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Alcohol Clin Exp Res. 2014 Aug;38(8):2286-96. doi: 10.1111/acer.12500. Epub 2014 Jul 17.

A moderating role for gender in racial/ethnic disparities in alcohol services utilization: results from the 2000 to 2010 national alcohol surveys.

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Alcohol Research Group, Emeryville, California.



Few nationally representative studies have examined racial/ethnic disparities in alcohol services utilization. Further, little is known about whether racial/ethnic disparities generalize across genders, and what factors account for these disparities. Thus, we aimed to describe the combined impact of race/ethnicity and gender on alcohol services utilization, and to explore the roles for social influence factors in explaining racial/ethnic and gender disparities.


Data were pooled across the 2000, 2005, and 2010 National Alcohol Surveys. Outcomes included lifetime utilization of any services, specialty alcohol treatment, and Alcoholics Anonymous. Social influence factors were assessed as lifetime social pressures (i.e., pressures from a partner, friends, and/or family), legal consequences, and work-related consequences. Core analyses included only those with a lifetime alcohol use disorder (AUD).


Analyses revealed a pattern of lower services utilization among Latinos and Blacks (vs. Whites) and women (vs. men); further, race-by-gender interactions revealed that Black-White differences were limited to women, and provided some evidence of stronger Latino-White disparities among women (vs. men). Illustrating these patterns, among women, only 2.5% of Latinas and 3.4% of Blacks with a lifetime AUD accessed specialty treatment, versus 6.7% of Whites; among men, corresponding figures were 6.8% for Latinos, 12.2% for Blacks, and 10.1% for Whites. Racial/ethnic differences were typically robust (or stronger) when controlling for demographics and AUD severity. Evidence did not support a role for measured social influence factors in racial/ethnic disparities, but did suggest that these factors contribute to gender disparities, particularly among Whites and Blacks.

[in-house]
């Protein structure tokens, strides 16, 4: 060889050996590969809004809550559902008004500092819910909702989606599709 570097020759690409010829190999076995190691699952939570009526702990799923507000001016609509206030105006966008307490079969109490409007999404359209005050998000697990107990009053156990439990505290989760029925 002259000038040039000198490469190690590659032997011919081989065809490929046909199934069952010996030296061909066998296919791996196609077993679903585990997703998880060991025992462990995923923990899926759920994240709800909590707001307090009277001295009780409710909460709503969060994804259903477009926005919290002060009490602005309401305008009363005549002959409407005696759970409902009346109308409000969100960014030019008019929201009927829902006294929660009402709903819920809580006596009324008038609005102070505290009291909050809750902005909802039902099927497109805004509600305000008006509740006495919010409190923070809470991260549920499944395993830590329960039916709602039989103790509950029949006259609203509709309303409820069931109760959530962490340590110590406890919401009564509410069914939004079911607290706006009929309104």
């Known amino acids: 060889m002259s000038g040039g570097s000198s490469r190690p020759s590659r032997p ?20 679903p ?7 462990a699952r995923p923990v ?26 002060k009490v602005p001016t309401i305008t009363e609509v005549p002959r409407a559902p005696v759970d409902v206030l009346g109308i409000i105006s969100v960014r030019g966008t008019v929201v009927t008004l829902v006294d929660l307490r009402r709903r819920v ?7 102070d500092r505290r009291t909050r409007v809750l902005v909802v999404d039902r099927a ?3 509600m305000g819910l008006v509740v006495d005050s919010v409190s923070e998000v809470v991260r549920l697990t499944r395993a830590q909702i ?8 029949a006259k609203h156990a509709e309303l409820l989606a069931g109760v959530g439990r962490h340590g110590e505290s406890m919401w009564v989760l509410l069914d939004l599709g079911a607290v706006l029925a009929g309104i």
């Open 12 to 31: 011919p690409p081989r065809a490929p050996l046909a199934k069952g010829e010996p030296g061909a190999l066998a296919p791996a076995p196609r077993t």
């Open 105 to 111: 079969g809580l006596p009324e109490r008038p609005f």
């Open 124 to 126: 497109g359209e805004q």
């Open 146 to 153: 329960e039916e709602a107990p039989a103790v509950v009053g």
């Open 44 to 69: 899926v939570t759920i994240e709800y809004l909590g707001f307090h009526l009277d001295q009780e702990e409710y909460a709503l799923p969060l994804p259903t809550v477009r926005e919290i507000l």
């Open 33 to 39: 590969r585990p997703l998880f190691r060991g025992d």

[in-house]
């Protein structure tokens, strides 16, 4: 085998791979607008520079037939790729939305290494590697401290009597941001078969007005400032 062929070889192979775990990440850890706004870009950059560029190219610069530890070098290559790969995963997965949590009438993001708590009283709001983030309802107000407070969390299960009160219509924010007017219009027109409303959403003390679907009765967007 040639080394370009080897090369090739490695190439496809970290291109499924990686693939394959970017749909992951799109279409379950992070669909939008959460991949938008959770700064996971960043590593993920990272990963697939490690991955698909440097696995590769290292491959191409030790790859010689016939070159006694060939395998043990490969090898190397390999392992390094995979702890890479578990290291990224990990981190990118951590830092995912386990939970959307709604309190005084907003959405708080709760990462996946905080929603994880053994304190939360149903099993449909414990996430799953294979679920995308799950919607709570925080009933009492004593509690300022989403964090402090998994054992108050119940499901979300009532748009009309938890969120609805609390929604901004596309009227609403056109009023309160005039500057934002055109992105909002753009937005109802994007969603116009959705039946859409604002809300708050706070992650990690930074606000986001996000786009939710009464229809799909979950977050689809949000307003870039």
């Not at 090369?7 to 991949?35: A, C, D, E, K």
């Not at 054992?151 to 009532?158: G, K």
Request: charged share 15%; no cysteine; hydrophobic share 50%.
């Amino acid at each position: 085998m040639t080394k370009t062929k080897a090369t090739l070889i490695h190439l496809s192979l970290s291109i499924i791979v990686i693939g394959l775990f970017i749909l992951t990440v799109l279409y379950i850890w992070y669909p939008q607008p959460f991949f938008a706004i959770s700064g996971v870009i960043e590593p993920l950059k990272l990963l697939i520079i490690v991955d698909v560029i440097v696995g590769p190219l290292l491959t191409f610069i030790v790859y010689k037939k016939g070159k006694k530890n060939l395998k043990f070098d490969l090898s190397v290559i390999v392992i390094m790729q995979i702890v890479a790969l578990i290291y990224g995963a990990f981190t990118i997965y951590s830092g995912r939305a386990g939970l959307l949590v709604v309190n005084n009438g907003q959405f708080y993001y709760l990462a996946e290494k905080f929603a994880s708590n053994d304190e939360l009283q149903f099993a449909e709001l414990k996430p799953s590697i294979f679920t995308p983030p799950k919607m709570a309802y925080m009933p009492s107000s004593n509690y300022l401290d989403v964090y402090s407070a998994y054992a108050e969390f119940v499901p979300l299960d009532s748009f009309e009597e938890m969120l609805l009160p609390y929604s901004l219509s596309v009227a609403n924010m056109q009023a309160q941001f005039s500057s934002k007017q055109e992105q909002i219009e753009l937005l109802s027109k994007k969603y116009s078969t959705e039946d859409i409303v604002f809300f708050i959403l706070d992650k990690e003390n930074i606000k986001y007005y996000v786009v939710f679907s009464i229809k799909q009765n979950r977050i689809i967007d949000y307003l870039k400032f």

Findings for substantial Latino-White and Black-White disparities, especially among women, highlight the need for continuing research on explanatory factors and the development of appropriate interventions. Meanwhile, our evidence for persistent gender disparities and for social influence factors as drivers of these disparities tentatively suggests a need for intensified outreach to female heavy drinkers.


African American; Alcohol Dependence; Alcohol Treatment; Health Disparities; Hispanic; Social Pressures

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